Daphné teaches us how the thickness of the ice and the layer of snow is measured. Before that we learnt how to upload photos of the tail of a humpback whale to the Happywhale app. Each tail fluke has
a unique pattern of pigmentation that acts like an ID. This lets you see whether ‘your’ whale has been spotted before.
Le Commandant Charcot is like a luxurious cocoon protecting us from the rugged, inhospitable Antarctic landscape. Sometimes we stand outside for hours, wrapped up in
the orange parka that every passenger gets. Until it’s time to eat, and we’re served mouthwatering dishes. The floor-to-ceiling windows in the buffet restaurant on Deck 9 make this the place to be.
Champagne, oysters, foie gras, beautifully presented dishes… with renowned chef Alain Ducasse’s team behind the gastronomy, there is no doubt this is a French ship. We’re not normally dessert people, but we can’t resist what the on-board pastry chef is conjuring up.
As if we weren’t already being pampered enough, the kitchen crew really pushes the boat out on Christmas Eve. The transition from orange parka to suit and tie is wonderfully surreal. Especially when Santa Claus is brought on board in a Zodiac.
Entering another world
Charcot Island has to be the highlight of the trip. From the bridge, Captain Garcia puts his heart and soul into his storytelling. His voice swells with excitement and pride, describing the tabular icebergs with the enthusiasm of a little boy tugging at his mum’s sleeve. Expedition leader Florence Kuyper is also thrilled to be able to share this adventure with her passengers.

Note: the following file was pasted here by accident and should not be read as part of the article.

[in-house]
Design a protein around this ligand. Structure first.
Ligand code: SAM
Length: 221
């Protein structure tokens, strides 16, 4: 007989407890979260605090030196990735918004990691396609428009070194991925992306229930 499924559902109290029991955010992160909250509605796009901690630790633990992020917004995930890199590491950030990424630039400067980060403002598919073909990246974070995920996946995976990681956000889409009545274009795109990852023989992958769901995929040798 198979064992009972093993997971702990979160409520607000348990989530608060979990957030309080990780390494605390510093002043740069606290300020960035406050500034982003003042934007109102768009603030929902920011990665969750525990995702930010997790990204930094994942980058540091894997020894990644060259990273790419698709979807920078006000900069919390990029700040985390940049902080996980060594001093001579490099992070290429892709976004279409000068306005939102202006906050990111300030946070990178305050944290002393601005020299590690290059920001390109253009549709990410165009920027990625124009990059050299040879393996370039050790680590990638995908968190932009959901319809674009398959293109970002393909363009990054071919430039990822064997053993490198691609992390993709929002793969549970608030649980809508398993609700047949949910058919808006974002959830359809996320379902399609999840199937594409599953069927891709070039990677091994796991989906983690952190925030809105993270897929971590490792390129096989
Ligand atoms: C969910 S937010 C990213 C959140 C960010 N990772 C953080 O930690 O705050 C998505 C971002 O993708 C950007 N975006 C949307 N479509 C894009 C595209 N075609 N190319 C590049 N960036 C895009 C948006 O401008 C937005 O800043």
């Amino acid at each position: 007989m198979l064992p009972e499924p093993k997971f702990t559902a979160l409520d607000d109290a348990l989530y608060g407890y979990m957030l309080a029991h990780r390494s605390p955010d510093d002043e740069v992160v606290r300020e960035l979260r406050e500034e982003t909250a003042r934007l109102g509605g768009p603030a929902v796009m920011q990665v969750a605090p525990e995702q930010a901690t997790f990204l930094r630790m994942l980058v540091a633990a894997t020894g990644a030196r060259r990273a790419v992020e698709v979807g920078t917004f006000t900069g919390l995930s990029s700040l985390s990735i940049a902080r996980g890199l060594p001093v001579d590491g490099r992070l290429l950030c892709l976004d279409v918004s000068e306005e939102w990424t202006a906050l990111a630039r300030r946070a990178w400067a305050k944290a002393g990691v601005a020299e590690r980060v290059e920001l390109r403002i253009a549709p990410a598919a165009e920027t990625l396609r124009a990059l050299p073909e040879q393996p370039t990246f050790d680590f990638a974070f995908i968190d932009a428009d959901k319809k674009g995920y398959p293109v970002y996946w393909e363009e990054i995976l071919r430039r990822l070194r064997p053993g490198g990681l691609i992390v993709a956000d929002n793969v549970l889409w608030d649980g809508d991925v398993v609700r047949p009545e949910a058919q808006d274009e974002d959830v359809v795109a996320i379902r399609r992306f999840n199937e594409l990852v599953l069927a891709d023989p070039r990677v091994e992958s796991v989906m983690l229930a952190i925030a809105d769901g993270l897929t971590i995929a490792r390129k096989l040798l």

Slowly, the ship penetrates the brash ice. The light is incredibly bright, the whiteout making sunglasses essential.
Olivier, the helicopter pilot, prepares for a reconnaissance flight with an officer to get a better view of the best and safest route to take. (The helicopter isn’t for passengers.)
When the ship is firmly secured in the fast ice at the edge of Charcot Island, we head out for another walk. We choose the longest hike. It’s not cold, maybe just below zero. The icy landscape is dotted with protrusions that look like frozen shark fins. Are we still on planet Earth? The halo around the sun, the sleeping crabeater seals, our ship that in the distance looks like it’s floating in a white horizon-less landscape: the whole thing has everybody spellbound. We might be quiet, but inside our hearts are singing with joy.
The next day we continue sailing southwards, deeper and deeper into the frozen landscape. Laura Jourdan, the seal specialist on the expedition team, is elated when we spot the very rare Ross seal. The captain immediately cuts the engine so we can observe the animal up close. The seal seems to be lapping up his 15 minutes of fame, rolling around in the snow like a fashion model.
Then comes Captain Garcia’s moment of glory: we have crossed the 70th parallel south. Sailing further south than anyone else on Earth at this time of the year – this is perhaps Le Commandant Charcot’s greatest luxury.
Looking back at the wake, it looks like the captain has drawn a question mark in the ice with his ship. A tribute to his fellow explorer Jean-Baptiste Charcot, perhaps it is the question mark of the Pourquoi Pas?